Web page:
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Talks over softwood lumber duty continue

PRINCE GEORGE, B.C. -- After three days of discussions with U.S. representatives about the softwood lumber quarrel,...


PRINCE GEORGE, B.C. — After three days of discussions with U.S. representatives about the softwood lumber quarrel, Forests Minister Mike De Jong is "cautiously optimistic" a deal can be reached.

The recent Northern Forest Products Association community dinner in Toronto provided De Jong with the chance to discuss the 19 per cent softwood duty slapped on Canadian softwood with key U.S. players.

Although a deal wasn’t hammered out, De Jong insists progress was made.

"I’m guardedly, cautiously optimistic," De Jong tells local media. "Optimistic enough to have agreed to schedule three more days in Washington, D.C. next week. But let’s not overstate it. We did not get a deal and I don’t expect us to have a deal at the end of next week."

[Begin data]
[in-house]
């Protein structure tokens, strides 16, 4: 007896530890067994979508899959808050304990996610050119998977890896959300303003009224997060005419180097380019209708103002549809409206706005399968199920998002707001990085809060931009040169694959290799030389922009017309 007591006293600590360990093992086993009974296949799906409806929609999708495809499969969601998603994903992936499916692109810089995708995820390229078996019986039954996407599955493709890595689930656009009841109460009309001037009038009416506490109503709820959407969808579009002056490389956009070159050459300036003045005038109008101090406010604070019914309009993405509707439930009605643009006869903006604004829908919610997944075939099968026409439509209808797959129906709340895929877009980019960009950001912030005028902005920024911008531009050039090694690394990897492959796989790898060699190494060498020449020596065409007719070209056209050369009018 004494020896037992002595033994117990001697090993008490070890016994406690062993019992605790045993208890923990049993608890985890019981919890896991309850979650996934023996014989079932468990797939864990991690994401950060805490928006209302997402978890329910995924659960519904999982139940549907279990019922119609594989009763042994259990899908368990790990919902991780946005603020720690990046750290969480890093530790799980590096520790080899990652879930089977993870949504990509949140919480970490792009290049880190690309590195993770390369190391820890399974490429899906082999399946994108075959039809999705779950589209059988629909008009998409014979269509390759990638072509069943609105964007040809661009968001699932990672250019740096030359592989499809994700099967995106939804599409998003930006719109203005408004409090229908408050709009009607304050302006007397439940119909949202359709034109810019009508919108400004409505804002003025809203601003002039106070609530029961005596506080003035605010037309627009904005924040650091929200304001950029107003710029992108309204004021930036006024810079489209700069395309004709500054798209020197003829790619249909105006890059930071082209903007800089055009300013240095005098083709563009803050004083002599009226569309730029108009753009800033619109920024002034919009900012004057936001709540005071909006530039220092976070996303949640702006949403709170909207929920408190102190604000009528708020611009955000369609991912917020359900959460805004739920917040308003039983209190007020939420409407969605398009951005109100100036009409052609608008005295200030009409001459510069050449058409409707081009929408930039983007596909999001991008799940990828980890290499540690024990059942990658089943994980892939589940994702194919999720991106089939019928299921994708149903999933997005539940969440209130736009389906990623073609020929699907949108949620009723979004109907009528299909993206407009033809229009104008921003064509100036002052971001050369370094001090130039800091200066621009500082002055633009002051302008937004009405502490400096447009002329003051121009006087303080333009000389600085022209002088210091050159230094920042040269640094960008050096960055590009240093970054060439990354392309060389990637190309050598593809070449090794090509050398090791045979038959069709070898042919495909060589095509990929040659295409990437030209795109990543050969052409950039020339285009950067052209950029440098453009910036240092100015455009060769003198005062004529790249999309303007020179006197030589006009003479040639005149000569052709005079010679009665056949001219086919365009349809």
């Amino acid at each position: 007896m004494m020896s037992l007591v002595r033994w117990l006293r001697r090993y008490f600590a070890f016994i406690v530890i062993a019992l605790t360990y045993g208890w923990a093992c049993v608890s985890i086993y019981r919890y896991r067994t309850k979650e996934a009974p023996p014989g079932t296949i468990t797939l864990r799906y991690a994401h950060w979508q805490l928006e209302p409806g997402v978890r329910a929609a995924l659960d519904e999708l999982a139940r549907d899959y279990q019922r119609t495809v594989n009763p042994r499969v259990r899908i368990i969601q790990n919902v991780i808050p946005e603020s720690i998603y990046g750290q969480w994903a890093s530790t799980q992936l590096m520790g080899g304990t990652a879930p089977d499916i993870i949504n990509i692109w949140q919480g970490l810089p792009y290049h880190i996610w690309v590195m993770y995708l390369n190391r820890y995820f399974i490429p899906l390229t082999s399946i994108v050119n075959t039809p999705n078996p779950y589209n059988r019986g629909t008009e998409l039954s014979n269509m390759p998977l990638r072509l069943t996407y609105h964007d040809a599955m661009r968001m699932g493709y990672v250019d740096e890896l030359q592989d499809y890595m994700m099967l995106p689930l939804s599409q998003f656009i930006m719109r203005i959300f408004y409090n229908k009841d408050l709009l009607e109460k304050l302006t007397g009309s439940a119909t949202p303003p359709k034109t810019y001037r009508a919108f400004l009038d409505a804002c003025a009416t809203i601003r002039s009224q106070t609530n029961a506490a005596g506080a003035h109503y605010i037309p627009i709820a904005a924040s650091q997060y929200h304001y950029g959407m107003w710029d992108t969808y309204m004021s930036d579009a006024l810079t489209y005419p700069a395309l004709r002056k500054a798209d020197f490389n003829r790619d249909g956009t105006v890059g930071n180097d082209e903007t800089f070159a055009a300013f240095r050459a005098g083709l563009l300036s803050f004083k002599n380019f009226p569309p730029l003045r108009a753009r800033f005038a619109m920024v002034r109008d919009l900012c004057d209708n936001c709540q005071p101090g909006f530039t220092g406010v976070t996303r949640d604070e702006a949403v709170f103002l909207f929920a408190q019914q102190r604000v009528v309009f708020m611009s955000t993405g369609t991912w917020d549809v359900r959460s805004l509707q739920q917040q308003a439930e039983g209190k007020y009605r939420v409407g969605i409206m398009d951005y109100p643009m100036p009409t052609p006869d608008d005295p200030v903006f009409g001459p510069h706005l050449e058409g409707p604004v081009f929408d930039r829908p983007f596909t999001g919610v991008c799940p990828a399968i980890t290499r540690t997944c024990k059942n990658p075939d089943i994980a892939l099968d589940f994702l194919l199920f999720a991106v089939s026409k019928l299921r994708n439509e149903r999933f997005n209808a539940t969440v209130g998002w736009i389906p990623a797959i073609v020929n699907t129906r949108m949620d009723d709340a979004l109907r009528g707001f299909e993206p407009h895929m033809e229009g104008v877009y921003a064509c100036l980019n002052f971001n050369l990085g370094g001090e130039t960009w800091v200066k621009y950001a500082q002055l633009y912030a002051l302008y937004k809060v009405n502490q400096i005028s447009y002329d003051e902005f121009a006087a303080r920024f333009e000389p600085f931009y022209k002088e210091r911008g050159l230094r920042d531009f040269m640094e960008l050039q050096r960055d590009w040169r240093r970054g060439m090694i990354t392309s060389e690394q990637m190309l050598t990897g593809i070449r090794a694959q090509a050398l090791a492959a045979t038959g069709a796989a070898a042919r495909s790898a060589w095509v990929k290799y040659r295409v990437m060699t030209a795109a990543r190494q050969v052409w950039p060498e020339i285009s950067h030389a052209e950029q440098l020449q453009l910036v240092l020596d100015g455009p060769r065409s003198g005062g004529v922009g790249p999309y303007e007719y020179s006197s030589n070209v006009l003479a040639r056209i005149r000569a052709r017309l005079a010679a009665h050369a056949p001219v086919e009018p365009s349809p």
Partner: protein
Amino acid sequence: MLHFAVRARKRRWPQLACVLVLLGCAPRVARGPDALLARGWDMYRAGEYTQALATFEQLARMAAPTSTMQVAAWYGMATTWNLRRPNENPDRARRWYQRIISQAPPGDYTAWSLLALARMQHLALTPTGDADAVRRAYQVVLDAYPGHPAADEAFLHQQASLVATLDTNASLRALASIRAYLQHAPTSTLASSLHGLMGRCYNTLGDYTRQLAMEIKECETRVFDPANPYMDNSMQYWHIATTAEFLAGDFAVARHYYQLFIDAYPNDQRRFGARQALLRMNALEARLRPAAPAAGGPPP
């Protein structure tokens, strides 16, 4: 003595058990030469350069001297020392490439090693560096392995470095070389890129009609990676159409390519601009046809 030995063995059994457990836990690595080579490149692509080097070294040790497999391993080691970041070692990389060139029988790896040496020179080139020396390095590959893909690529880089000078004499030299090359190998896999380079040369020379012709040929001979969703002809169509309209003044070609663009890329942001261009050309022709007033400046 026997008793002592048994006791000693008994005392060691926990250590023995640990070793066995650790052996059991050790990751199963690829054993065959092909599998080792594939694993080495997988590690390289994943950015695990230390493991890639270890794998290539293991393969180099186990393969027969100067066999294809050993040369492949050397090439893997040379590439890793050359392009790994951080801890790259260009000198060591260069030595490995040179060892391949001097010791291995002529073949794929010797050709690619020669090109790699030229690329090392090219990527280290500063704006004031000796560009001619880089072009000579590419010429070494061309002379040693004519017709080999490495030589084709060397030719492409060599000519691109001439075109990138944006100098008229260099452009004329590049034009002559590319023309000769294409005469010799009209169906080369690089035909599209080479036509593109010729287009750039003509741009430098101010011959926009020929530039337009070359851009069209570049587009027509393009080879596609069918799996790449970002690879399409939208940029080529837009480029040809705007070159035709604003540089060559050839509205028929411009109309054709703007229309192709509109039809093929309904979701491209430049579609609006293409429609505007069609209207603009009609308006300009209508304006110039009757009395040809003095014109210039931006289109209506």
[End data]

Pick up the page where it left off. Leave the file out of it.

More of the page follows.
De Jong says he is still working toward establishing a market-based stumpage system that would alleviate some of the concerns south of the border. However, he cautions that even once the stumpage system is revamped, there will still be complaints from U.S. lumber producers.

"If you acknowledge that the American industry is probably interested in one thing only and that is their financial well-being, which means that they are, at the end of the day, more interested in limiting Canadian exports into their country however they might accomplish that," says De Jong.


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